The NHL Trade Deadline is often the craziest, or at least hyped up as the craziest time in the NHL Calendar that doesn’t involve the words “Stanley”, “Cup”, “Playoffs”, or “Overtime”. And with the Kraken being quite a few dozen points out of the wildcard, the priorities for Seattle are quite different from “get a depth guy” or “get a center”. They could still do that (and frankly should do that), but for their first ever deadline, the Kraken have at least three big goals for their upcoming deadline.
I’m not gonna lie. There are some players on the Kraken who could do with being re-homed.
And I’m trying not to pick on specific players (although believe me there is a specific one I very much want to) but a team as loaded down with defensemen as the Kraken are organizationally really shouldn’t be having the defensive issues that they have unless the system itself is flawed (which it is, but that’s an offseason problem), or the players within it are not suited for said system, and I can positively identify at least a couple of players that are not necessarily suited for said system. The Kraken need players who are far more capable of seeing plays develop around them and seeking out ways of shutting them down with well placed sticks or bodies instead of just big bodies. There are players who could be better served as penalty killers on fourth lines elsewhere. There is simply no reason that the Kraken need to be loyal when the season is all but over. Ron Francis is in a position where defensemen is a wanted commodity, especially, and even though this is somewhat heartless to do, for Kraken captain Mark Giordano. Getting the best of a bad season unfortunately means breaking up the band as it stands
And hey! It’s not like these guys are getting a boot in the rear! There are some teams who could really use some of these big bodies and I’m sure will love to see them! And the Kraken should try to be humble boy merchants as much as possible.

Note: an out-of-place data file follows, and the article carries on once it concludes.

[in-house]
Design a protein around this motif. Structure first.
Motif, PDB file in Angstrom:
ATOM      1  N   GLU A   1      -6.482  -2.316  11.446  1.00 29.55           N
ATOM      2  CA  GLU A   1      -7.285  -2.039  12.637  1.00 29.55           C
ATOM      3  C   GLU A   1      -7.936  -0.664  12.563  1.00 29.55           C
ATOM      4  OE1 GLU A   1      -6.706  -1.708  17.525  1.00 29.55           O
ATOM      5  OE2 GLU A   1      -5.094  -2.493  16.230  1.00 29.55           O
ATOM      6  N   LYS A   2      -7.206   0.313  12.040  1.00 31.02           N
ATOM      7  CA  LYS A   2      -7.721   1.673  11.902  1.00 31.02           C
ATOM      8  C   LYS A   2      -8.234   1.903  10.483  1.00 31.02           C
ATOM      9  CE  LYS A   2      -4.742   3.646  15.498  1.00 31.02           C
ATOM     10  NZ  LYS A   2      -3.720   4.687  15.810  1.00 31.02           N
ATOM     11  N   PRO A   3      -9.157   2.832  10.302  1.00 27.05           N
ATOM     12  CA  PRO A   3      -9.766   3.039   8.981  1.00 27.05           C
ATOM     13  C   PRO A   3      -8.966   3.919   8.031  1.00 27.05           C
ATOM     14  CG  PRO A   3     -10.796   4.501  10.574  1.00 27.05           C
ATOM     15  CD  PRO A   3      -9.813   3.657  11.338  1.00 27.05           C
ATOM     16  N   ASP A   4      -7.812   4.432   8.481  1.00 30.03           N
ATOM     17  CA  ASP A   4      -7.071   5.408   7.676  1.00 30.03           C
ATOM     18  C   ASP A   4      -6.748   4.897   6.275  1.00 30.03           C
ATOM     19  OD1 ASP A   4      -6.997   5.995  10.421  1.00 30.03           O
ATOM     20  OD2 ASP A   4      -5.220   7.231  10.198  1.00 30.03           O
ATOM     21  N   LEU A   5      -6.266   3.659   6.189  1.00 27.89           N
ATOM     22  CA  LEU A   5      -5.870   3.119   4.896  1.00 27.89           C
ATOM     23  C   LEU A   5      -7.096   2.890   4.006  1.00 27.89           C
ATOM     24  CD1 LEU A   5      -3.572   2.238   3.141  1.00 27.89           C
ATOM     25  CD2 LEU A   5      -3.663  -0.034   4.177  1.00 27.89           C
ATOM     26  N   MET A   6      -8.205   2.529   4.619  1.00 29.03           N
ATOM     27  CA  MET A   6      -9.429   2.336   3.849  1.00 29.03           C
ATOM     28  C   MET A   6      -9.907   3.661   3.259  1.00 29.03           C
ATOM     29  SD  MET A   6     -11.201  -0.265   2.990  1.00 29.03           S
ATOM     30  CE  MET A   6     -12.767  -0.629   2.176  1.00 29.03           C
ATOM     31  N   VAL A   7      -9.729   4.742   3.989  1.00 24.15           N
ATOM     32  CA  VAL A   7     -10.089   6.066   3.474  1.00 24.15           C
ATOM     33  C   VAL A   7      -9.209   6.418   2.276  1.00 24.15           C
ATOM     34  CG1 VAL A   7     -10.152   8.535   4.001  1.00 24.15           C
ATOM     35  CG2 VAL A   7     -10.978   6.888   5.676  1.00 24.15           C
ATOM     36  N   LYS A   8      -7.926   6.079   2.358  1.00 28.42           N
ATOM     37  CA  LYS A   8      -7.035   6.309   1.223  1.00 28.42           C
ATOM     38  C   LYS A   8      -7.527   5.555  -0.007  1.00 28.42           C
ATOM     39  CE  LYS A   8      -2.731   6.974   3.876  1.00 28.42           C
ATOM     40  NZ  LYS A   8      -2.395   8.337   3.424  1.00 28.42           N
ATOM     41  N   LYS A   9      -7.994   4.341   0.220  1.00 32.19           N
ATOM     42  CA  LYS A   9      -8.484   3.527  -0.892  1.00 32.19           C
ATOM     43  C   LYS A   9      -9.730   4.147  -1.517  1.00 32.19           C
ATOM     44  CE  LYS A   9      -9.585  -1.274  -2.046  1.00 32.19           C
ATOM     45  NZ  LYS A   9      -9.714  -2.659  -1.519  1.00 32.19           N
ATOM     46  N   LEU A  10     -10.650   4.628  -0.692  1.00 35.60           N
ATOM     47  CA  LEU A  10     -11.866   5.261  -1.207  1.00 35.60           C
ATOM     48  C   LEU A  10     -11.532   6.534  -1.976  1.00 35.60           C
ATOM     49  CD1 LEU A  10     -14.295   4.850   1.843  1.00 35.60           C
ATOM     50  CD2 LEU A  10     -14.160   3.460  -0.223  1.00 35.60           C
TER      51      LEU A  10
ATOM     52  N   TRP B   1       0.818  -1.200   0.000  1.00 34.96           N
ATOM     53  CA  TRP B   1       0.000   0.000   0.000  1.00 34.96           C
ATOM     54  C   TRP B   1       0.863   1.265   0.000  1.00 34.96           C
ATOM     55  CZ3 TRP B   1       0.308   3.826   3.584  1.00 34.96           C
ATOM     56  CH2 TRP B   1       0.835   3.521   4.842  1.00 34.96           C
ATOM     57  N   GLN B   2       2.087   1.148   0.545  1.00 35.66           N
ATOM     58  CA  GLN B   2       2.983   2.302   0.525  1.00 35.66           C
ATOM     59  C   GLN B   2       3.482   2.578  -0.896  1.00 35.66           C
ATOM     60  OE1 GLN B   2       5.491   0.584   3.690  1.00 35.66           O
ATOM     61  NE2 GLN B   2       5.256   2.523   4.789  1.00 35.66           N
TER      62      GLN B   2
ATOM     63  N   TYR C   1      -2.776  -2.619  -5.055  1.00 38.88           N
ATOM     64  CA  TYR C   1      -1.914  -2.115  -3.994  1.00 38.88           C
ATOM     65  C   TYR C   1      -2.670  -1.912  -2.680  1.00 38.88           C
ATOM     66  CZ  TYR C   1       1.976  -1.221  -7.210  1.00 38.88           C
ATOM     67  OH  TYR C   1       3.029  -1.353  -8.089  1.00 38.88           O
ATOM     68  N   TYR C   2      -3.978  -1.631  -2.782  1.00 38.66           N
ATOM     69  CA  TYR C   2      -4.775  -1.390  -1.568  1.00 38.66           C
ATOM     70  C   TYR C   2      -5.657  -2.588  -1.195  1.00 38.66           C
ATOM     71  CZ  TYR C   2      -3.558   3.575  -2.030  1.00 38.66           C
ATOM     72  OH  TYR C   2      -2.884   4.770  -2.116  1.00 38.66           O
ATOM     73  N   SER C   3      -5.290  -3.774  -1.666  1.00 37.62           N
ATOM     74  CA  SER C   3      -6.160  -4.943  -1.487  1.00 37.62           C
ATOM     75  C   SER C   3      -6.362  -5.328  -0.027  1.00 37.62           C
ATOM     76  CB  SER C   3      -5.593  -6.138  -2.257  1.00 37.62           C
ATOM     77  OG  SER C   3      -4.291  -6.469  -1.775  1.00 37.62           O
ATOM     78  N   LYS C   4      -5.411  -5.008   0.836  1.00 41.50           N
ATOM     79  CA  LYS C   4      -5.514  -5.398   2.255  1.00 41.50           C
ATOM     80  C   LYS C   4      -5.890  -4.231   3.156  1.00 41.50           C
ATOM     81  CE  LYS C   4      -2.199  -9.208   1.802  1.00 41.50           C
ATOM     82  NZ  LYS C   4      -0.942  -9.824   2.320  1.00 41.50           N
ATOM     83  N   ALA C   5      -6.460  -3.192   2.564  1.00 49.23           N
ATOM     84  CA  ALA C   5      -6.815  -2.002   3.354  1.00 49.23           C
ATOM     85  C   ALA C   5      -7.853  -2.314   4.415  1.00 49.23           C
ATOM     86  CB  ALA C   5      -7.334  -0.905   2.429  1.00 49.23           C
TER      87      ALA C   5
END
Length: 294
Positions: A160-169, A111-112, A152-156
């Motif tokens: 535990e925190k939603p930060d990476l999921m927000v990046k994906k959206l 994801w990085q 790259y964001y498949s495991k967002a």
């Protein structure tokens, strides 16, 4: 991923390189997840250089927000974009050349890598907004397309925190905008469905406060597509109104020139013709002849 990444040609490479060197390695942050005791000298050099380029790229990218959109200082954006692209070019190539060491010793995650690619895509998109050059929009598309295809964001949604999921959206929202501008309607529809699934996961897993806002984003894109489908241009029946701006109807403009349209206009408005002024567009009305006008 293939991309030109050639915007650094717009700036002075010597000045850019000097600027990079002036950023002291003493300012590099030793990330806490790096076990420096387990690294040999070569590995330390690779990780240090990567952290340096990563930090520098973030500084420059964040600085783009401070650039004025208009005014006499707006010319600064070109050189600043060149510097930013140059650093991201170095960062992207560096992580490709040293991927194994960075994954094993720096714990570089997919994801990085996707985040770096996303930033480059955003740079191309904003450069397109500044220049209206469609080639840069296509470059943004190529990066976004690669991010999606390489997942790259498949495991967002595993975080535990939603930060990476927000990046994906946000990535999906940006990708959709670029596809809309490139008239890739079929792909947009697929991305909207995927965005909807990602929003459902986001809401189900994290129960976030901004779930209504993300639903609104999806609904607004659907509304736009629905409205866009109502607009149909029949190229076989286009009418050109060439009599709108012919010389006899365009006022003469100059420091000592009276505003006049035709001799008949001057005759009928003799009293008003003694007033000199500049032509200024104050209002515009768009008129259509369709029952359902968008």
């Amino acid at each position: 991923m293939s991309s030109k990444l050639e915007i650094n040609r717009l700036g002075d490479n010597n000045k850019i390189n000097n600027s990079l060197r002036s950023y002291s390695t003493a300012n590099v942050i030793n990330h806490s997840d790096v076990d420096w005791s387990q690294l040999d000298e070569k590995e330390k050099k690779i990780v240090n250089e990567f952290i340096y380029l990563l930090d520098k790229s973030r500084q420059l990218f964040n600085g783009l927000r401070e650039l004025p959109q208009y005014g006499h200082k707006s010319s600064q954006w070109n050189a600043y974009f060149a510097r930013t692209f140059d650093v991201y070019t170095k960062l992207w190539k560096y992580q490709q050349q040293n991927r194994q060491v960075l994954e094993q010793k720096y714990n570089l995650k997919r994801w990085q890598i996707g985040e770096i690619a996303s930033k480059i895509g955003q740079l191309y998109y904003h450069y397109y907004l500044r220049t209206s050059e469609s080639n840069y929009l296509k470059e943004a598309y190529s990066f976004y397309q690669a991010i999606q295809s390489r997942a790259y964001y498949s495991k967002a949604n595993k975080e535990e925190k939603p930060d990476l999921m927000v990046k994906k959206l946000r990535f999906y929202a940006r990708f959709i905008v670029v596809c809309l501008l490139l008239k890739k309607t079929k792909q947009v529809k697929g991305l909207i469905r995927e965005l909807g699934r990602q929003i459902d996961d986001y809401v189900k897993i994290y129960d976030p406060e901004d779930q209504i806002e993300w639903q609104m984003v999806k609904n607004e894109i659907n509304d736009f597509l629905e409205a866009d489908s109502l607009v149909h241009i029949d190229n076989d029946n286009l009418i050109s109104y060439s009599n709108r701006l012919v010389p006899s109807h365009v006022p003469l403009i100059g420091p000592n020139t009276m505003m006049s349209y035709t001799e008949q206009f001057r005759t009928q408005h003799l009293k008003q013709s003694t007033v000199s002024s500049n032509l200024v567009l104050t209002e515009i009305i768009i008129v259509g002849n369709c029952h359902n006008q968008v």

Get draft picks like they’re running out of style
Look, a team with the Kraken’s record and injury luck is going to be selling at the deadline. That’s just how it is.
That means a lot of bittersweet feelings, a lot of guys you have never heard of before playing the remainder of the season, that means some more losing (yeah, I know. I’m not excited either)…but it also means a shot at some of the better talent in this upcoming draft.
In the NHL, drafting for position is sort of a fool’s errand; There’s too many positions on the ice to fill at once in one draft and it’s usually best practice to draft as much talent as humanly possible as high as humanly possible just to get a shot at an NHLer between two to four years from that date in early August. Given how interesting this draft’s first round could be, there’s a good opportunity here to make the future of the Kraken happen in short order. But that means gouging your trade partner for every pick you can squeeze out of them.
In short, Ron Francis should be working every single team in a playoff position like a punch press.
Identify the Core, and make sure they stick.
Matty Beniers, among any number of new prospects that enter the Seattle system must have vets to help them understand and grow the Kraken into a contender. This is known. What hasn’t been positively identifiable has been the Kraken’s “Core” group of players; the group of which all work the Kraken do and want to do goes through. The Kraken’s cap situation gives the impression that uh...
...there will be some vacancies next year, and that means no matter what, the turnover for the 2022-23 Kraken will be dramatic. What you can’t do right now is get overly attached, that will create problems for later. What you can do is make it clear who is and who isn’t going to be the first “Old Guard” of the Kraken. Does McCann for how well he played up until getting injured count? Is Gio even going to make it past the deadline? How many of those UFA players are going to stick?
It’s a tough question that Ron needs to answer. For the good of the Kraken’s future.